After the initial training period, the training format turns into a coaching setup, complete with tools such as the “10-minute checkup” review.

During the 10-minute checkup, the employee meets with his supervisor to talk about one thing he’s doing well, and one thing on which he can improve. Drost says the goal of these reviews is to generate meaningful conversation, as well as two key takeaways.

Drost Landscape also promotes employees and distributes pay increases based on an employee’s initiative to attain additional education and certification, such as nursery, hardscape and general green industry professional certifications.

“What we’re trying to cultivate here is a high level of accountability,” Drier says. “We don’t want to sit back on our laurels and think that we’re the best at what we do just because we’re Drost.”

Additionally, the company pays for the employees’ classes, including continued irrigation classes, brick paving classes and more.

Drost Landscape also encourages its employees to take advantage of the Certified Green Industry Professional pretest course, offered by the Michigan Nursery & Landscape Association during its winter convention.

“I’ve never turned anybody away who’s asked to go to classes and have it paid for,” Drier says.

Challenge(s) accepted

“I started off as the lowest laborer,” Drost says. “I was the guy at the bottom, and I worked my way up. And I said, ‘If I ever get up there, here’s how I want to be treated.’”

He adds, “We’ve spent the time and the money to build what Dale and I call a Destination Company. We hope that people come here, make it a destination and stay.”

In the past, Drier says creating a positive company culture has proved to be a challenge for Drost Landscape.

The company tries to curate a family-like atmosphere with initiatives that include companywide activities, continuing education opportunities and profit sharing.

All-company events include holiday parties, employee field day, family-fun picnics and decorating floats for local parades.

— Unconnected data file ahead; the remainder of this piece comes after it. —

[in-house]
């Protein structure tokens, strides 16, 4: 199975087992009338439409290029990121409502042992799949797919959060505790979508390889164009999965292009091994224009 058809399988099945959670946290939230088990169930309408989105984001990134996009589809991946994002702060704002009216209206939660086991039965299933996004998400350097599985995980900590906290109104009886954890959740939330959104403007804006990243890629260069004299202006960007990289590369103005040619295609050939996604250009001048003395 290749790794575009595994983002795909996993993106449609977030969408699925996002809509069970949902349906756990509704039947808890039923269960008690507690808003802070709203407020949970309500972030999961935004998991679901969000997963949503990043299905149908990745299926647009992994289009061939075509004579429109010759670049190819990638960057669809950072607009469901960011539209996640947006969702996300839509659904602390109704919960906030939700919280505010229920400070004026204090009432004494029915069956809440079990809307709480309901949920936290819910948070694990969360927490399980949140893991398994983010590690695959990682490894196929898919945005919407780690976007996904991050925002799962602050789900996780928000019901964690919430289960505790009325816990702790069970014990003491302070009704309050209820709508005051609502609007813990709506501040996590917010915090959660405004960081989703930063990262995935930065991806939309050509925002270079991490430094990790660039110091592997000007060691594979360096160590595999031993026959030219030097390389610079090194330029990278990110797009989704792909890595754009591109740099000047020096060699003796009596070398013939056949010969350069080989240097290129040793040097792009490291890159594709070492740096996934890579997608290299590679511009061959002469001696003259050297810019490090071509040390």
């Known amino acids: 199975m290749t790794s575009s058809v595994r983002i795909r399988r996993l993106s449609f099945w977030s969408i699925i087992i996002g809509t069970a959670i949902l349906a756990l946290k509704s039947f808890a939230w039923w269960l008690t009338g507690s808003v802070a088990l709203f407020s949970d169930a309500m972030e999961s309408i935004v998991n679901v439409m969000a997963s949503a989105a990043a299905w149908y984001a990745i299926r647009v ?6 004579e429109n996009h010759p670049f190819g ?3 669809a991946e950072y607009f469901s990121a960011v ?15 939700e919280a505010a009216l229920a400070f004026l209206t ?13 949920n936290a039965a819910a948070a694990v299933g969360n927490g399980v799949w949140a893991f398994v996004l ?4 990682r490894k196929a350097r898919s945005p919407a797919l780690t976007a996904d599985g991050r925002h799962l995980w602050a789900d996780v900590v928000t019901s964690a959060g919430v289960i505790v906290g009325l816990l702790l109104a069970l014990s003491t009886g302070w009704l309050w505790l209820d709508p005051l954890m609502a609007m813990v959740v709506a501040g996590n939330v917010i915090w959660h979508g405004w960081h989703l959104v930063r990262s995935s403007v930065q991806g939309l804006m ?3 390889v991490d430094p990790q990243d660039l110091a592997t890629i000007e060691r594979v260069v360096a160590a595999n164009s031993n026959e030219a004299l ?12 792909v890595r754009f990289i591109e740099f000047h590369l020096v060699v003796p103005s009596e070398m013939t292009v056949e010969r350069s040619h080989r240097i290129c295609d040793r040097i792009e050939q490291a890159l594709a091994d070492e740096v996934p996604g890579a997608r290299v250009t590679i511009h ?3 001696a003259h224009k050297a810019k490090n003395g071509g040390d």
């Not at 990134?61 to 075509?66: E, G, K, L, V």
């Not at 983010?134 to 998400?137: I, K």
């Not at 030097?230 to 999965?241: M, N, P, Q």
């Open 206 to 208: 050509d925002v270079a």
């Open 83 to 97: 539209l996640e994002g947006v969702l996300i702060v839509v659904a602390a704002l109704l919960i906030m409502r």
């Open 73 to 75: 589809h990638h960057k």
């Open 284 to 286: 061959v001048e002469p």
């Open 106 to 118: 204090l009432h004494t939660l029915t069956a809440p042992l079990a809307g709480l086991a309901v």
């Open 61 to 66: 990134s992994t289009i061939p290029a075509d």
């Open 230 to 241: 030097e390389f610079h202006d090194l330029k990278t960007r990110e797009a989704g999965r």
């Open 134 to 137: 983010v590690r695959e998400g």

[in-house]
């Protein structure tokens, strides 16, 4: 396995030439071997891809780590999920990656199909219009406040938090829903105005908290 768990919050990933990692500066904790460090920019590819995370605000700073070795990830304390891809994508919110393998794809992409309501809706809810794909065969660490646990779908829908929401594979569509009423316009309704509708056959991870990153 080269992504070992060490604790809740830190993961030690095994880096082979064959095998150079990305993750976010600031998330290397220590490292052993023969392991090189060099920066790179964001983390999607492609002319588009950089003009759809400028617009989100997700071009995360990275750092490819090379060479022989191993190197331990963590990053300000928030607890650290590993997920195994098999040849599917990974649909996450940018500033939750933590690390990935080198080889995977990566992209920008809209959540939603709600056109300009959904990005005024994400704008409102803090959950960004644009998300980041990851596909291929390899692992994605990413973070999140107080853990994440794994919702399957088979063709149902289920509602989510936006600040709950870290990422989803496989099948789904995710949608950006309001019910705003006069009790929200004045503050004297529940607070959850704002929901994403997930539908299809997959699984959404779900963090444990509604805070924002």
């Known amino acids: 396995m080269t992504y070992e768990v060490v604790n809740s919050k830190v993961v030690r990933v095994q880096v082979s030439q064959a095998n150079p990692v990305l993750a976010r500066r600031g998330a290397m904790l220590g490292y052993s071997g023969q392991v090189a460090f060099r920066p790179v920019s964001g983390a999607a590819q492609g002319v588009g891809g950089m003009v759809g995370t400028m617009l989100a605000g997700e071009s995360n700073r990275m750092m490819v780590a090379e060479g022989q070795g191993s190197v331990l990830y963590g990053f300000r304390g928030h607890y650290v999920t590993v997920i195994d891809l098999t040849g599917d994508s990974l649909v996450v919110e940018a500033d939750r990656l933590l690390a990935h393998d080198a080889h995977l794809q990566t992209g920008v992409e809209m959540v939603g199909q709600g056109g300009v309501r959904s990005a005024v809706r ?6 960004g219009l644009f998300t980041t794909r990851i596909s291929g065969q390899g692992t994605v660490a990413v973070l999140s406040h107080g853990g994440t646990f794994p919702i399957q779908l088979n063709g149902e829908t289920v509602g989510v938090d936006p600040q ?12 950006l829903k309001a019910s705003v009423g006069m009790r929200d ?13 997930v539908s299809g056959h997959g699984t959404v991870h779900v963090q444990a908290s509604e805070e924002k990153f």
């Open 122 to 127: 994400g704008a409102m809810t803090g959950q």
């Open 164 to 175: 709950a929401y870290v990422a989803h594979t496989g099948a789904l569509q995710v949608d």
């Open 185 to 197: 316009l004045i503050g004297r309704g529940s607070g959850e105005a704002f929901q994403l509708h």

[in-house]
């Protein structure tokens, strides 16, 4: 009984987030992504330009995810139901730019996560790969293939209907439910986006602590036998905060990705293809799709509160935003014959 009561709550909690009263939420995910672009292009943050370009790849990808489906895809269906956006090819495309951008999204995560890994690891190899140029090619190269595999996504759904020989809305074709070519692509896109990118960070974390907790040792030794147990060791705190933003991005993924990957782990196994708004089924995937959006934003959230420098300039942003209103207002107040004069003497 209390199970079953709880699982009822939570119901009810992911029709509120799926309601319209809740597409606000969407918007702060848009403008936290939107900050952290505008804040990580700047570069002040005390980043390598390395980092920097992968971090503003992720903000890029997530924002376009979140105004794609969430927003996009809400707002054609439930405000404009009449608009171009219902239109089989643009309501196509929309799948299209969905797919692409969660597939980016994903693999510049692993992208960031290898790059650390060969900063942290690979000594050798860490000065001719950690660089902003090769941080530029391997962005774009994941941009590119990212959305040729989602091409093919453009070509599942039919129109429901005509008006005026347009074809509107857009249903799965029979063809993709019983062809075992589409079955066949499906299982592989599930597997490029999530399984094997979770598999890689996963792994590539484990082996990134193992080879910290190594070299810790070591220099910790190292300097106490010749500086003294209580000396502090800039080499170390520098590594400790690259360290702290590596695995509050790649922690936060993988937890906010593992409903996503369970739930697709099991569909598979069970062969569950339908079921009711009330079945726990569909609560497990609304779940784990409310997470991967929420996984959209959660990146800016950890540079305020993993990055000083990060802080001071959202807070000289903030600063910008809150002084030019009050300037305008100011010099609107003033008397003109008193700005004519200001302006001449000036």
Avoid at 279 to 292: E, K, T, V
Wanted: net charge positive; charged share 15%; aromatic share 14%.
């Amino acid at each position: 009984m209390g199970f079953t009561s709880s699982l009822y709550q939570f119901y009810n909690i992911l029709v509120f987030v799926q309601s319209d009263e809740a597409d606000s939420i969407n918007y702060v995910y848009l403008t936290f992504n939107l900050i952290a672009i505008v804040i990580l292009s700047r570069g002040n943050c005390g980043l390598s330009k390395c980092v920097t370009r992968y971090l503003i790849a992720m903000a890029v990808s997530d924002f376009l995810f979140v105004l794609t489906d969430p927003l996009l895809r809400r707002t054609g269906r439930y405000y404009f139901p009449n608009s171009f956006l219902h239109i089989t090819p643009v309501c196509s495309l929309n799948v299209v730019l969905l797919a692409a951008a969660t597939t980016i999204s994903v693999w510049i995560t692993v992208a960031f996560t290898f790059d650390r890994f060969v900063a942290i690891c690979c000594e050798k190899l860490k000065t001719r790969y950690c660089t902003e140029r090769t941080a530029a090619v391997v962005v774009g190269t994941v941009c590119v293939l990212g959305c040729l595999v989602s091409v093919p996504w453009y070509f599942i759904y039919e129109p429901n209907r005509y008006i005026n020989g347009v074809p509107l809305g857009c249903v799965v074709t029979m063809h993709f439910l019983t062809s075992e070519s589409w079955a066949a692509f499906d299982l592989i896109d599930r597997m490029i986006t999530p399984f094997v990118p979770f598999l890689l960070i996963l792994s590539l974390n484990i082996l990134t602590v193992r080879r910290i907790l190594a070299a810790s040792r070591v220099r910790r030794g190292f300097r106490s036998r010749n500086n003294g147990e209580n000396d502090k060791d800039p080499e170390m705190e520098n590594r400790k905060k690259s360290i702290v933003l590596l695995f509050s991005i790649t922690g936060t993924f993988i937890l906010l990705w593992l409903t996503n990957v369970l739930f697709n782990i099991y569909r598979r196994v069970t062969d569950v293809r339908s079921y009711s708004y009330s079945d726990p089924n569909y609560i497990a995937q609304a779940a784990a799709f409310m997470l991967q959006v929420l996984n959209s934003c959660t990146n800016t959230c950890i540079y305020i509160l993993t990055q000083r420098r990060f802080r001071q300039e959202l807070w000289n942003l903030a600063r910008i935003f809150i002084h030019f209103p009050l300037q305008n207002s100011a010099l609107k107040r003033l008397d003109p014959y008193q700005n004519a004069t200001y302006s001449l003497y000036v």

Profit sharing is worked into the company’s benefit package, and employees are assured a certain portion of Drost Landscape’s profits, depending on their position and time with the company.

Another challenge the company must contend with is the unpredictable weather that often racks northern Michigan.

For example, this past year, much of Drost Landscape’s nursery stock was destroyed by bitter cold temperatures that hit unexpectedly in April.

“Landscape construction in the North can be quite stressful,” Drost says. “For being in an area that you have to make a living in eight months, we keep trying to figure out how to make a living in 12.”

To keep busy in the winter, Drost Landscape performs shoreline restoration projects on the frozen lakes, works on designs and equipment repair and does snow removal.

Drost Landscape added snow removal to its portfolio about five years ago with one truck but has since expand-ed that segment to five trucks and a few loaders.

“It’s nice to have multiple items going in the winter,” Drost says. “It’s provided quite a few men the opportunity to work year-round, rather than experiencing the unemployment schedule.”

The company then kicks off its spring season in April, with planting, maintenance and irrigation projects.

Eyes on the prize